• EPA, authorized by §304(a) of the CWA to develop, publish, and occasionally revise criteria recommendations for water to accurately reflect the most current scientific knowledge, announced its reevaluation of the current aquatic life criteria for ammonia to determine if a revision is needed based on new toxicity data for aquatic organisms.69 FR 41264(7/8/04).

WILDLIFE:

  • NOAA's National Marine Fisheries Service (NMFS) conducted public meetings concerning an advanced notice of proposed rulemaking, where NMFS considered regulations to implement a strategy to reduce mortalities to North Atlantic right whales due to vessel collisions.69 FR 41447(7/9/04).
  • FWS, under ESA and the Marine Mammal Protection Act, withdrew two manatee refuges in Florida from those designated as federally established manatee protection areas; these areas will remain protected under Florida's state law.69 FR 40805(7/7/04).
  • NOAA implemented new sea turtle bycatch and bycatch mortality mitigation measures for all Atlantic vessels that have pelagic longline gear onboard and have been issued (or are required to have) federal highly migratory species limited access permits; the new measures include circle hook and bait requirements and mandatory possession and use of sea turtle release equipment to reduce bycatch mortality.69 FR 40733(7/6/04).
  • FWS and NOAA announced the availability of an EA for an interagency consultation on regulatory actions, which is evaluating the environmental effects of establishing counterpart regulations pursuant to §7 of the ESA, under FIFRA counterpart regulations and they also announced the opening of a comment period on the environmental assessment.69 FR 40347(7/2/04).
  • FWS and the Forest Service established regulations for seasons, harvest limits, methods, and means related to taking of wildlife for subsistence uses in Alaska during the 2004-05 regulatory year.69 FR 40222(7/1/04).
  • FWS designated 26 river and stream segments in the Mobile River Basin, which encompasses approximately 1,093 miles of river and stream channels, as critical habitat under the ESA for three threatened (fine-lined pocketbook, orange-nacre mucket, and Alabama moccasinshell) and eight endangered freshwater mussels (Coosa moccasinshell, ovate clubshell, southern clubshell, dark pigtoe, southern pigtoe, triangular kidneyshell, southern acornshell, and upland combshell).69 FR 40171(7/1/04).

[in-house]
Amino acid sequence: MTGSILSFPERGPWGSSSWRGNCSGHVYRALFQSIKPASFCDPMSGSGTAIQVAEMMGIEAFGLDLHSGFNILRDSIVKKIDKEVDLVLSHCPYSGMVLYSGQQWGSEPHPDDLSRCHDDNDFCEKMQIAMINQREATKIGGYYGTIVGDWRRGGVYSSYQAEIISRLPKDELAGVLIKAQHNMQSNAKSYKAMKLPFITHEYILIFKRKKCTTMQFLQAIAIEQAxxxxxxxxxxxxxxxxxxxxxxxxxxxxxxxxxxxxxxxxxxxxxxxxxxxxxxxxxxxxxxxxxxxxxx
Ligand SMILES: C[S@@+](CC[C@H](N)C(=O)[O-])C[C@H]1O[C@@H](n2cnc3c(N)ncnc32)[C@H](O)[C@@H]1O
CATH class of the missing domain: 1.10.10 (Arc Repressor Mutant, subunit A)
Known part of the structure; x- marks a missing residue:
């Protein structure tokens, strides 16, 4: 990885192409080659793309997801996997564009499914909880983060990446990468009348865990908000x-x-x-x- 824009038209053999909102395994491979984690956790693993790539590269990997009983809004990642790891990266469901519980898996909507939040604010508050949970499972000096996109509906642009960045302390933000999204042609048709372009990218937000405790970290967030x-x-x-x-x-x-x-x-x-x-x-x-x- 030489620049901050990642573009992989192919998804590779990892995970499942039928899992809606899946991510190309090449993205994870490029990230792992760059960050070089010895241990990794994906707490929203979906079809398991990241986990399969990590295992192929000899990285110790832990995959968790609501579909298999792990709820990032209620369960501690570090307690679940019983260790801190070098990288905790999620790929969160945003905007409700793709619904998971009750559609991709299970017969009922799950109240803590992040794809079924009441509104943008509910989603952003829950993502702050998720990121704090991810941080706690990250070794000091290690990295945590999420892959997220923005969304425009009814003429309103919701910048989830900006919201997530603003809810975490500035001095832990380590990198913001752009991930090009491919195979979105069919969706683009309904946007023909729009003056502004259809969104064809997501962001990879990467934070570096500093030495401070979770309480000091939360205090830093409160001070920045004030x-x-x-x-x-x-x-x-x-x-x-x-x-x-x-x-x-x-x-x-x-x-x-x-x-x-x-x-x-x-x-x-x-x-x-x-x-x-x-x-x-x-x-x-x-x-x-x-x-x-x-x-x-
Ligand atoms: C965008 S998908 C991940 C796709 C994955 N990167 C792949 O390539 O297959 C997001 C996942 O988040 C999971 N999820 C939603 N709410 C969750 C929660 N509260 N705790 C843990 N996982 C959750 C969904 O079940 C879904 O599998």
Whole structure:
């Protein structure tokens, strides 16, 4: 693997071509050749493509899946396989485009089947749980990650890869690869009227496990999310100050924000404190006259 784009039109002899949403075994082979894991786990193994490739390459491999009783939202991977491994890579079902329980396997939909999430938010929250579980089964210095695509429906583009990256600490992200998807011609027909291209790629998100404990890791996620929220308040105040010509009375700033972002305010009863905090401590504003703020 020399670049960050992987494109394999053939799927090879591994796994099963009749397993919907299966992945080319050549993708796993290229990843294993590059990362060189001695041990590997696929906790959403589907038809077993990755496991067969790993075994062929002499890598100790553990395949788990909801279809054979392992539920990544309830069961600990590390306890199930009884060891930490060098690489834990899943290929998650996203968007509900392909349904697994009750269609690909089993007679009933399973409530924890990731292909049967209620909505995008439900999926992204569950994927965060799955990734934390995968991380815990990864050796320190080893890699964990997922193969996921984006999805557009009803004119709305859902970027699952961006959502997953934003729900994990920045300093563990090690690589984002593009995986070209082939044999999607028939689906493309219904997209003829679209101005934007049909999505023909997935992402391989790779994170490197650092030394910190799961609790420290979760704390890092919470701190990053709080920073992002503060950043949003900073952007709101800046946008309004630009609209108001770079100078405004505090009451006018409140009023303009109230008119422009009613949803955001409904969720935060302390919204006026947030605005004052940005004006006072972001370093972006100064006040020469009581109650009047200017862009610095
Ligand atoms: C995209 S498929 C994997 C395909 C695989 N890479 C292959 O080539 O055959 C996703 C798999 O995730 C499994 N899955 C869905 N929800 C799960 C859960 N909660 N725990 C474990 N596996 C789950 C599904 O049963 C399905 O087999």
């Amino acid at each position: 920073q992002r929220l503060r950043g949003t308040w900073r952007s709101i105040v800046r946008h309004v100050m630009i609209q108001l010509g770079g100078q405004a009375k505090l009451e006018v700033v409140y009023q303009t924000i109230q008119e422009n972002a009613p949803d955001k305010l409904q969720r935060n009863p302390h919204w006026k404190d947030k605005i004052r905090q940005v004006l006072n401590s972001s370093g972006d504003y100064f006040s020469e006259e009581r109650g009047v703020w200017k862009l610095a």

• FWS, in accordance with the Marine Mammal Protection Act of 1972, gave a notice that letters of authorization to take polar bears incidental to oil and gas industry exploration activities in the Beaufort Sea and adjacent northern coast of Alaska have been issued.69 FR 39499(6/30/04).
  • FWS proposed to exempt international, foreign, and interstate commerce in certain beluga sturgeon products from threatened species permits normally required under the ESA to allow countries in the beluga sturgeon's range a six-month, permit-free period within which to develop and submit reports and management measures concerning the sturgeon to FWS.69 FR 38863(6/29/04).
  • NMFS proposed to amend regulations governing takings of marine mammals incidental to operations of the U.S. Navy's Surveillance Towed Array Sensor System Low Frequency Active sonar; NMFS and the Navy determined that because testing and training operations associated with the sonar system constitute military readiness activities under the the National Defense Authorization Act of 2004, references to "small numbers" and a "specified geographical region" contained in the prior rule (67 FR 46712) sanctioning the taking of marine mammals via harassment incidental to certain deployments of the sonar system should be removed.69 FR 38873(6/29/04).
  • The Federal Subsistence Board, a panel composed of Forest Service and FWS officials, announced the closure of federal subsistence salmon fisheries in Afognak Bay, Alaska, as part of the board's continuing management of seasons, harvest limits, methods, and means of fish and shellfish taking for subsistence uses in Alaskan public lands.69 FR 36016(6/28/04).

DOJ NOTICES OF SETTLEMENT:

  • United States v. Mallinckrodt, Inc., No. 4:02CV1488 (E.D. Mo. June 18, 2004). Settling defendants must reimburse $24,197.20 to EPA in past response costs for contributing small and unknown amounts of lead to the Great Lakes Container Corporation Superfund Site in St. Louis, Missouri.69 FR 41550(7/9/04).
  • United States v. Dart Container Corporation of Pennsylvania, No. 04-2208 (E.D. Pa. June 17, 2004). Settling CERCLA defendants must pay $413,206 to the hazardous substance superfund site to reimburse response costs associated with potential liability for the superfund site.69 FR 39964 (7/1/04).
  • United States v. Genesis Energy, Inc., No. 2:04cv217BN (S.D. Miss. June 24, 2004). Settling CWA defendants must pay a $1,000,000 civil penalty, $500,000 to the United States and $500,000 to Mississippi; the defendants also must perform a land acquisition and conservation supplemental environmental project at a cost of at least $2,000,000 as well as conduct natural resource and restoration projects.69 FR 39964(7/1/04).